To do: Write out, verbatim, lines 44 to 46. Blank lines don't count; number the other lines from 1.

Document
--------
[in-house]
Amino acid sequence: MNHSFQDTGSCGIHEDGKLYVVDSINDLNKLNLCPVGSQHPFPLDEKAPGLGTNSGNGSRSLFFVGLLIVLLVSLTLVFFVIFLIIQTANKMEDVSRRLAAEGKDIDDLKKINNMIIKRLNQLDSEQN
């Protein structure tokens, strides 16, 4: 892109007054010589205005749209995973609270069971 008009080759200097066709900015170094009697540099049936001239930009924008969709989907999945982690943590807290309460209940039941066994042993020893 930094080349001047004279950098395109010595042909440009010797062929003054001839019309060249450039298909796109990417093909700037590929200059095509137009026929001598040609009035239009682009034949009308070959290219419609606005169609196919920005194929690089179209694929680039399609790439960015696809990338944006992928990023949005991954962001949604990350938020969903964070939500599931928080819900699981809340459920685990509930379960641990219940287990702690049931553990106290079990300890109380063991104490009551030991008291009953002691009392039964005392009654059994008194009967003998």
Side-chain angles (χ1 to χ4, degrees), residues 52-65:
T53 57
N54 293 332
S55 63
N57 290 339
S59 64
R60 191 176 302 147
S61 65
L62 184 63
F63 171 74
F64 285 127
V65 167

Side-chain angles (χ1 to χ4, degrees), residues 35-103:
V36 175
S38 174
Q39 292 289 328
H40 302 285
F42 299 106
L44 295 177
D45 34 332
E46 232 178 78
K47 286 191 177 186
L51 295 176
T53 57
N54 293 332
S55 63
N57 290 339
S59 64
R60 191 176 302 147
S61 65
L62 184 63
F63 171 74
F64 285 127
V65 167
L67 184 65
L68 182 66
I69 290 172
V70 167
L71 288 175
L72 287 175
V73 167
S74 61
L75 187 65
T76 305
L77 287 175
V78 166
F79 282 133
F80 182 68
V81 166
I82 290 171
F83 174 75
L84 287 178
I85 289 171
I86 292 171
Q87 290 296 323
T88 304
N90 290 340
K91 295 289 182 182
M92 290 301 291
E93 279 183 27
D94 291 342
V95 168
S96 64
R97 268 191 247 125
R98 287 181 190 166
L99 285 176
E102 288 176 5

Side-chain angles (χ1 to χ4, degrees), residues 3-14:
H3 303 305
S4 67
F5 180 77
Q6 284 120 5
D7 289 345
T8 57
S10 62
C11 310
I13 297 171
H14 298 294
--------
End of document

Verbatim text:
V73 167
S74 61
L75 187 65